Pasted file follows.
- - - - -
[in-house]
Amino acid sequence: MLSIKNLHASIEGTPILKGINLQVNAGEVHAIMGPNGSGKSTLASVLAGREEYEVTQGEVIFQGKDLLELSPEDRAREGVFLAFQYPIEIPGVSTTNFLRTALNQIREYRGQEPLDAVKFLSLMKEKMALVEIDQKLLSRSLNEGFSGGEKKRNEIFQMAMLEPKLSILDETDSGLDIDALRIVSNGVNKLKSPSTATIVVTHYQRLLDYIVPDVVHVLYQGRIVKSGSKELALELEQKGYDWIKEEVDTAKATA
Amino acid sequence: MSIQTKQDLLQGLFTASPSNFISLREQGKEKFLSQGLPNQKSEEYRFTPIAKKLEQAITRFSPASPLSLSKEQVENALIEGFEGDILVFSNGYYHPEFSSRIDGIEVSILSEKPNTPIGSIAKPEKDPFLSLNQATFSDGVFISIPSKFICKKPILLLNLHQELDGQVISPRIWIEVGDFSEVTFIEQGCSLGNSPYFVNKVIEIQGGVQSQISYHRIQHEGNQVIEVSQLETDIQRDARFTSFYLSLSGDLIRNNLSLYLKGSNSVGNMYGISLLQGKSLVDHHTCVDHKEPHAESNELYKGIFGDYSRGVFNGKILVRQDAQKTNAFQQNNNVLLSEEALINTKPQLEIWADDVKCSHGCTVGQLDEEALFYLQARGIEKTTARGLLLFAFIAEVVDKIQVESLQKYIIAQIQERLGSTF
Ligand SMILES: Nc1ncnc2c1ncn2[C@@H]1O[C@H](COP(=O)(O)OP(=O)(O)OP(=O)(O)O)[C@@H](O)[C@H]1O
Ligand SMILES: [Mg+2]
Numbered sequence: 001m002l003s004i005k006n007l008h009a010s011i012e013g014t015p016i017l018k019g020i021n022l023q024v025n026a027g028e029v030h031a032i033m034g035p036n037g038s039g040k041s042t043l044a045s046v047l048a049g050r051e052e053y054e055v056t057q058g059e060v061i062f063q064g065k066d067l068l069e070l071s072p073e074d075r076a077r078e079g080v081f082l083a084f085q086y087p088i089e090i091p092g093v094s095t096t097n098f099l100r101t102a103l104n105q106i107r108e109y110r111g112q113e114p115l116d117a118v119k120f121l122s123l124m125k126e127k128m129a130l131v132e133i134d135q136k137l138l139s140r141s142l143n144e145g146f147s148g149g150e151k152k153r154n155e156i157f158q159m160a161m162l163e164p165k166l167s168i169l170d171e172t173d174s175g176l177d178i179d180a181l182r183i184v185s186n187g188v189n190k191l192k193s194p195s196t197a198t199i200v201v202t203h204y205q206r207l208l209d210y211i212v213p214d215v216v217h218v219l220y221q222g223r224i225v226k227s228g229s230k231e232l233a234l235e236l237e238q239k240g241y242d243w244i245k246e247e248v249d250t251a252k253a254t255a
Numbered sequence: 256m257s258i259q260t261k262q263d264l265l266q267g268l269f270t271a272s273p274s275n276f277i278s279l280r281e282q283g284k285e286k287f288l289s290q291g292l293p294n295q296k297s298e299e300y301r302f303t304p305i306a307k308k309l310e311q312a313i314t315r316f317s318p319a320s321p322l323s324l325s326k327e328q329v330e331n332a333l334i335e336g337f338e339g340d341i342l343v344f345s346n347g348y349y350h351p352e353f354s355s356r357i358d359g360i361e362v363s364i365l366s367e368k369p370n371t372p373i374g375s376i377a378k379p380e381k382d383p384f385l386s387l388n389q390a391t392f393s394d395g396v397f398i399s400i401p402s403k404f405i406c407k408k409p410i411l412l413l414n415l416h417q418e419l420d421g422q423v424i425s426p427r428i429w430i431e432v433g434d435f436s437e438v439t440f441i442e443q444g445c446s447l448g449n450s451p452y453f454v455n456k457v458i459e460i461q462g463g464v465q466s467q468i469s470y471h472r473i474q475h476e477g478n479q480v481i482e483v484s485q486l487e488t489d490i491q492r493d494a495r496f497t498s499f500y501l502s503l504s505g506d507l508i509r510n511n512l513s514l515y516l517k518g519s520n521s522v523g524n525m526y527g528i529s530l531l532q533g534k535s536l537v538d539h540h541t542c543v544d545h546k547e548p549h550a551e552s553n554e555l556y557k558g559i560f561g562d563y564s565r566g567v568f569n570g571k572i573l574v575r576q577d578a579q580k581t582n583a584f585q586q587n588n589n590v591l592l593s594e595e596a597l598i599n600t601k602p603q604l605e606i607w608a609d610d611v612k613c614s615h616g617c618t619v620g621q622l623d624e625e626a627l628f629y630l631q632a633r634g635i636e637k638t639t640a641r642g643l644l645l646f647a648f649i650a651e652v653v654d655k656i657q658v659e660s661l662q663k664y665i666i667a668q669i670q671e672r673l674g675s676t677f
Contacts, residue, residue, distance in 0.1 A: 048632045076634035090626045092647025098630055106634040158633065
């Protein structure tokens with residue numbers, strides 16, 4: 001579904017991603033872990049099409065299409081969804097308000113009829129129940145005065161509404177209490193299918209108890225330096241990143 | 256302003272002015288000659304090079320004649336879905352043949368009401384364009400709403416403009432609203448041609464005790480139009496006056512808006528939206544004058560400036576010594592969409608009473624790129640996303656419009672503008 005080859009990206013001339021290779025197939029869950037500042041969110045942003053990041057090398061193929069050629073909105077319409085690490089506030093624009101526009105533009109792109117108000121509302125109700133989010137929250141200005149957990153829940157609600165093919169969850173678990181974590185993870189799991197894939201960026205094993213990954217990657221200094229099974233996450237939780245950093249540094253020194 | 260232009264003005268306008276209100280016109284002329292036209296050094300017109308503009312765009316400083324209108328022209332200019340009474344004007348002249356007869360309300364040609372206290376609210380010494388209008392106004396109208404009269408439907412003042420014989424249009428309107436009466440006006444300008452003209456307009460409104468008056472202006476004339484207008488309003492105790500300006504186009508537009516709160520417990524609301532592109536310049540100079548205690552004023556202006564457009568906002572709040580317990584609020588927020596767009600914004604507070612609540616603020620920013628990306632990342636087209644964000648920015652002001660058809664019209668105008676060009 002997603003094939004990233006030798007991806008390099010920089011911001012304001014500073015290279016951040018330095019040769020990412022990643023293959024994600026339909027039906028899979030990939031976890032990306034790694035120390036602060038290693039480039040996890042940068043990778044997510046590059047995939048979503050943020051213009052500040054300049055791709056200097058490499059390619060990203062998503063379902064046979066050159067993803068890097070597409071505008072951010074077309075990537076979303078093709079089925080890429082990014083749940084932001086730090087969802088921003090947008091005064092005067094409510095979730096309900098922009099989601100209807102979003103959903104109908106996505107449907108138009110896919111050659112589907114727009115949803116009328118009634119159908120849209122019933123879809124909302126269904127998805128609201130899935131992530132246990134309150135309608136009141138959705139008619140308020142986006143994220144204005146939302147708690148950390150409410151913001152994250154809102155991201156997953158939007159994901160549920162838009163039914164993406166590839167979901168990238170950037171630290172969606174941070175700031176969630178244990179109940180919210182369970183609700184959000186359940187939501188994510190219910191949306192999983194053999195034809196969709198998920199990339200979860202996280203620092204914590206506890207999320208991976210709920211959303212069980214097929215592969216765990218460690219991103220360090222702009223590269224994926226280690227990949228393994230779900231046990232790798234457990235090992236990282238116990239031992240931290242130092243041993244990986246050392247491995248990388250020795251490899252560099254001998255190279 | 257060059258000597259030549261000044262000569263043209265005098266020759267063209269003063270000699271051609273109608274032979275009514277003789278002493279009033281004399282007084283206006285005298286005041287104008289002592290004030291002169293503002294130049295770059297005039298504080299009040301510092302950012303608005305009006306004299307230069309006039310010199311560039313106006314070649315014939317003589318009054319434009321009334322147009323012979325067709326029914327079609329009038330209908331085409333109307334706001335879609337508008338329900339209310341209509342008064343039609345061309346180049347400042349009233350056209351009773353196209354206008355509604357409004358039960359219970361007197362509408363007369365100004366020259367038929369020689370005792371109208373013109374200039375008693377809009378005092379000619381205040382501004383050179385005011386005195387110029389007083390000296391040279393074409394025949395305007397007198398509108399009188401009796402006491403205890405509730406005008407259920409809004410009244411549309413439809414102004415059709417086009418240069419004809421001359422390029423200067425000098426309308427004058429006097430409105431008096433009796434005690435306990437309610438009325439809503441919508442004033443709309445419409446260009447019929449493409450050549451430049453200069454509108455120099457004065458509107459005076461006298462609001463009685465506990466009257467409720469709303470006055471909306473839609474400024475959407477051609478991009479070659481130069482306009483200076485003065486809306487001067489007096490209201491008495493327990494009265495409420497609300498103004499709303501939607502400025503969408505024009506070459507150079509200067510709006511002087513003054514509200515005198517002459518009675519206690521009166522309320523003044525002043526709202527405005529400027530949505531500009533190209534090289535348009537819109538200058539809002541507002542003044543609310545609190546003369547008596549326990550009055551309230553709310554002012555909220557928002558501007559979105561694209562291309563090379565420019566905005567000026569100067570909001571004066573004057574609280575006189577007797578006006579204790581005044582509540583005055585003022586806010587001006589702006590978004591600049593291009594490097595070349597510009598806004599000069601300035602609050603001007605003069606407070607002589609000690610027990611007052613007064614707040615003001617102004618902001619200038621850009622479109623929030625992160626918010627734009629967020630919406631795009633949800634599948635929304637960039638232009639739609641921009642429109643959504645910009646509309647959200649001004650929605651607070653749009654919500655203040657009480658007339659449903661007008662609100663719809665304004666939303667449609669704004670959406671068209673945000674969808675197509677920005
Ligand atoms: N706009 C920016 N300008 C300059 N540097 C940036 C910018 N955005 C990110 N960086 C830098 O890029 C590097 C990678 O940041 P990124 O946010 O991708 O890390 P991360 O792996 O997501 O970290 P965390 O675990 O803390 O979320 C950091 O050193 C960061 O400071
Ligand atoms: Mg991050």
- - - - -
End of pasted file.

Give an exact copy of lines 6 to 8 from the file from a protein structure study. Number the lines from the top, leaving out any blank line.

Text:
Numbered sequence: 001m002l003s004i005k006n007l008h009a010s011i012e013g014t015p016i017l018k019g020i021n022l023q024v025n026a027g028e029v030h031a032i033m034g035p036n037g038s039g040k041s042t043l044a045s046v047l048a049g050r051e052e053y054e055v056t057q058g059e060v061i062f063q064g065k066d067l068l069e070l071s072p073e074d075r076a077r078e079g080v081f082l083a084f085q086y087p088i089e090i091p092g093v094s095t096t097n098f099l100r101t102a103l104n105q106i107r108e109y110r111g112q113e114p115l116d117a118v119k120f121l122s123l124m125k126e127k128m129a130l131v132e133i134d135q136k137l138l139s140r141s142l143n144e145g146f147s148g149g150e151k152k153r154n155e156i157f158q159m160a161m162l163e164p165k166l167s168i169l170d171e172t173d174s175g176l177d178i179d180a181l182r183i184v185s186n187g188v189n190k191l192k193s194p195s196t197a198t199i200v201v202t203h204y205q206r207l208l209d210y211i212v213p214d215v216v217h218v219l220y221q222g223r224i225v226k227s228g229s230k231e232l233a234l235e236l237e238q239k240g241y242d243w244i245k246e247e248v249d250t251a252k253a254t255a
Numbered sequence: 256m257s258i259q260t261k262q263d264l265l266q267g268l269f270t271a272s273p274s275n276f277i278s279l280r281e282q283g284k285e286k287f288l289s290q291g292l293p294n295q296k297s298e299e300y301r302f303t304p305i306a307k308k309l310e311q312a313i314t315r316f317s318p319a320s321p322l323s324l325s326k327e328q329v330e331n332a333l334i335e336g337f338e339g340d341i342l343v344f345s346n347g348y349y350h351p352e353f354s355s356r357i358d359g360i361e362v363s364i365l366s367e368k369p370n371t372p373i374g375s376i377a378k379p380e381k382d383p384f385l386s387l388n389q390a391t392f393s394d395g396v397f398i399s400i401p402s403k404f405i406c407k408k409p410i411l412l413l414n415l416h417q418e419l420d421g422q423v424i425s426p427r428i429w430i431e432v433g434d435f436s437e438v439t440f441i442e443q444g445c446s447l448g449n450s451p452y453f454v455n456k457v458i459e460i461q462g463g464v465q466s467q468i469s470y471h472r473i474q475h476e477g478n479q480v481i482e483v484s485q486l487e488t489d490i491q492r493d494a495r496f497t498s499f500y501l502s503l504s505g506d507l508i509r510n511n512l513s514l515y516l517k518g519s520n521s522v523g524n525m526y527g528i529s530l531l532q533g534k535s536l537v538d539h540h541t542c543v544d545h546k547e548p549h550a551e552s553n554e555l556y557k558g559i560f561g562d563y564s565r566g567v568f569n570g571k572i573l574v575r576q577d578a579q580k581t582n583a584f585q586q587n588n589n590v591l592l593s594e595e596a597l598i599n600t601k602p603q604l605e606i607w608a609d610d611v612k613c614s615h616g617c618t619v620g621q622l623d624e625e626a627l628f629y630l631q632a633r634g635i636e637k638t639t640a641r642g643l644l645l646f647a648f649i650a651e652v653v654d655k656i657q658v659e660s661l662q663k664y665i666i667a668q669i670q671e672r673l674g675s676t677f
Contacts, residue, residue, distance in 0.1 A: 048632045076634035090626045092647025098630055106634040158633065